BY ASKING Congress for a reintroduction of Selective Service registration--the first step towards a new military draft--President Carter has made a hasty and dangerous decision, one that will affect all Americans, not just those eligible to be drafted. Carter is placing a politically opportunistic "get tough with the Russians" attitude before sound statesmanship by raising the ante in his battle with the Soviet Union with the lives of the 33 million men and women in the 18 to 26-year-old age group.
The United States currently has a two-million-man armed force, which is adequate to meet any immediate threat, anywhere in the world. Carter's proposal will not enhance our military position against the Soviet's but it will needlessly and unproductively increase tensions with them. If Congress decides to revive the draft, we will have a bloated army, one that this nation's historically aching-for-action military establishment might be dangerously tempted to deploy.
Carter wants registration to bolster the image of a new American swagger, an attitude designed to create the illusion that this nation must respond militarily to every Soviet action. We do need to answer their expansion, but a draft is an inappropriate reaction. The draft is a response for the sake of making a response, not because it is intelligent. Continuation of such policies could mean that we may at some time feel trapped into making a direct military response--even if it, like the draft, is unwarranted.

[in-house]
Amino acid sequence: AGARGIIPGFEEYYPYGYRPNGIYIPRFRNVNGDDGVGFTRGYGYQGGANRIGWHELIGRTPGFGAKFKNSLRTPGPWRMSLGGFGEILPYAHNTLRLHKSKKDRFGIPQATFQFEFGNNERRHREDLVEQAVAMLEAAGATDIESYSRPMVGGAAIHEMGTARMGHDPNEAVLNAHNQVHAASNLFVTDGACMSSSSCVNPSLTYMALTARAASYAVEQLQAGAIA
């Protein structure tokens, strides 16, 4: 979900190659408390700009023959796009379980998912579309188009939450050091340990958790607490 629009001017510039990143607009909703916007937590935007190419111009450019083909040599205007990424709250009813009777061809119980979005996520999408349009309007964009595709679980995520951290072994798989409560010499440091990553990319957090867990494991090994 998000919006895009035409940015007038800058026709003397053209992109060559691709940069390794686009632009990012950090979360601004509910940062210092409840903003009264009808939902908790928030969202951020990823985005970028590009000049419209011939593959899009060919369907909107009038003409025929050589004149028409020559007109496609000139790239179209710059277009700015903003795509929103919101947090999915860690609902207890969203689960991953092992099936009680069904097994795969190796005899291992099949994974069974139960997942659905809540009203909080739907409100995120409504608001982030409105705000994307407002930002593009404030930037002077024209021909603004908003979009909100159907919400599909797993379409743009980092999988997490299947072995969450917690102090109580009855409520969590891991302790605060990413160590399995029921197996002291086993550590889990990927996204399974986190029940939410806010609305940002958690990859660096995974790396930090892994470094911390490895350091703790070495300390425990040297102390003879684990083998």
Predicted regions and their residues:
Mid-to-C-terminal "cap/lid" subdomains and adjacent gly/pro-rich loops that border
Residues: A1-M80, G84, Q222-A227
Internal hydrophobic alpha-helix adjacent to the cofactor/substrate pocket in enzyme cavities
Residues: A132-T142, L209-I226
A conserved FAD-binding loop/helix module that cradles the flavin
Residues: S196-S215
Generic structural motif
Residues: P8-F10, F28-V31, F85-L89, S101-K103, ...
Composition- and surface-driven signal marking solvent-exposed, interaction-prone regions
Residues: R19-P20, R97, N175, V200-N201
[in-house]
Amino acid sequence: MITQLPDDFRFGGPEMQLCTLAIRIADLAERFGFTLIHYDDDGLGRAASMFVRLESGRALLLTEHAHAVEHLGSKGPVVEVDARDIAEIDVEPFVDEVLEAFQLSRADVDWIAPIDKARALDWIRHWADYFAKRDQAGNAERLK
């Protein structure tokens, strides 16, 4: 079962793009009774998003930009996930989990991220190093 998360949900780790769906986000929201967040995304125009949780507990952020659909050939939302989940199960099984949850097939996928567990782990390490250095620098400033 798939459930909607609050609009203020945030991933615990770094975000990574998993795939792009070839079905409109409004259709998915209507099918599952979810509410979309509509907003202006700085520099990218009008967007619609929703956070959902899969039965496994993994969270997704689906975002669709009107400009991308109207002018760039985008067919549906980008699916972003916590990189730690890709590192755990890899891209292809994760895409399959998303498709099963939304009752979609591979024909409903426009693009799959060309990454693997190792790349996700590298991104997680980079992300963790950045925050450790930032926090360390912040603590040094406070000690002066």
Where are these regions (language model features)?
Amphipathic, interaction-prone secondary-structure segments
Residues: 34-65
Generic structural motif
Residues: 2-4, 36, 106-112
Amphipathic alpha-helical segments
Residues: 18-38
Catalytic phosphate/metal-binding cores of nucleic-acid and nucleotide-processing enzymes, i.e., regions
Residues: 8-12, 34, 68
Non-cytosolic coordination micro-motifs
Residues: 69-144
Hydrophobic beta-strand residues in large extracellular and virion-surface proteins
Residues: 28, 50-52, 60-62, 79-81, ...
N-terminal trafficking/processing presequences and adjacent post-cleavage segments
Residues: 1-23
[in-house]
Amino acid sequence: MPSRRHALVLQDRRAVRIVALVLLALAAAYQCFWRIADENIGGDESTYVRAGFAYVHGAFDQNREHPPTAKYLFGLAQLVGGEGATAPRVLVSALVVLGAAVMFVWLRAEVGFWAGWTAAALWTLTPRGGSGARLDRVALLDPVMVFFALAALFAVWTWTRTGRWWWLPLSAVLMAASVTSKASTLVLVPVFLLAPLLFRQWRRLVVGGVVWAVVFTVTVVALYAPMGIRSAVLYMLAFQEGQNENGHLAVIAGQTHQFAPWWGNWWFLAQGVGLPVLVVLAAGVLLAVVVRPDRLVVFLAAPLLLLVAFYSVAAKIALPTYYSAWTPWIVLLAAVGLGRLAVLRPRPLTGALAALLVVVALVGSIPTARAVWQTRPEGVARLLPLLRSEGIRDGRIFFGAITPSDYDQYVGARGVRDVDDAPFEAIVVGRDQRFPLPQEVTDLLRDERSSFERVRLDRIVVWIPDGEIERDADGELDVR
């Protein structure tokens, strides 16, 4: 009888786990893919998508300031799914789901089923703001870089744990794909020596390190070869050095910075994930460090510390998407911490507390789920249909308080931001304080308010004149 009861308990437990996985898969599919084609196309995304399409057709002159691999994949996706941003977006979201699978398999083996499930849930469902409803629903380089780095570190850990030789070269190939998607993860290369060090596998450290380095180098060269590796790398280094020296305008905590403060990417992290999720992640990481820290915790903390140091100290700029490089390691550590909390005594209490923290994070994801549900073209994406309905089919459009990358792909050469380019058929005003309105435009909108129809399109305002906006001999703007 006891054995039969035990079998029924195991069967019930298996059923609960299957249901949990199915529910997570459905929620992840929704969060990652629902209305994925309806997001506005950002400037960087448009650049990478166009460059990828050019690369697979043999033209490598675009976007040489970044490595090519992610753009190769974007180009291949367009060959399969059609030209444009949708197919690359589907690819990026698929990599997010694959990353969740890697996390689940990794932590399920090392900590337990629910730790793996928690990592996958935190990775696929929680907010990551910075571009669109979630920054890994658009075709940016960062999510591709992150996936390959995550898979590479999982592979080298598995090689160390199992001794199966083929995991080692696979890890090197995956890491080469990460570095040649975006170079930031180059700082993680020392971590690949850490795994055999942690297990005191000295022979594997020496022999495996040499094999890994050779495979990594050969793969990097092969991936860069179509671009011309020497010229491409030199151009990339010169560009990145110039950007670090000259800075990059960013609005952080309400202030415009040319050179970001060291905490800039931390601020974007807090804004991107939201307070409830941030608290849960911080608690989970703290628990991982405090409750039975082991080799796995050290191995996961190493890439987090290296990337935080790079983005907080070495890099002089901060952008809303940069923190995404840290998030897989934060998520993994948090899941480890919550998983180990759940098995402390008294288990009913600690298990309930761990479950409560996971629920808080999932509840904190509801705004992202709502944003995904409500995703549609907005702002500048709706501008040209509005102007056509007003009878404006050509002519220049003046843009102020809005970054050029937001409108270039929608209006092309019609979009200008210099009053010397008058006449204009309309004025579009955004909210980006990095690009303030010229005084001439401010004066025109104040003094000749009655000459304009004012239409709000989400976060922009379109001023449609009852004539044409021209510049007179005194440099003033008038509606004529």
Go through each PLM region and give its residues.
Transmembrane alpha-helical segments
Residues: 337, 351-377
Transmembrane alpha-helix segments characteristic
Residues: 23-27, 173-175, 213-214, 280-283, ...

YET IF REGISTRATION and, ultimately, the draft, return, as now seems likely, the Selective Service System should grant no exemptions, except conscientious objectors and those physically unable to take part. Men and women, rich and poor, undergraduate and graduate students should be required to serve. Too often in the history of this nation--the Vietnam War being the most appalling example--the children of the people who run the country and make the decision whether to go to war have been allowed to let others do the fighting for them. A new draft is not an attractive alternative, but an equitable draft is far superior to fraudulent lotteries of privilege. And perhaps those in positions of power will think twice before sending Americans into senseless and unwinnable wars if their children are among those hitting the beaches.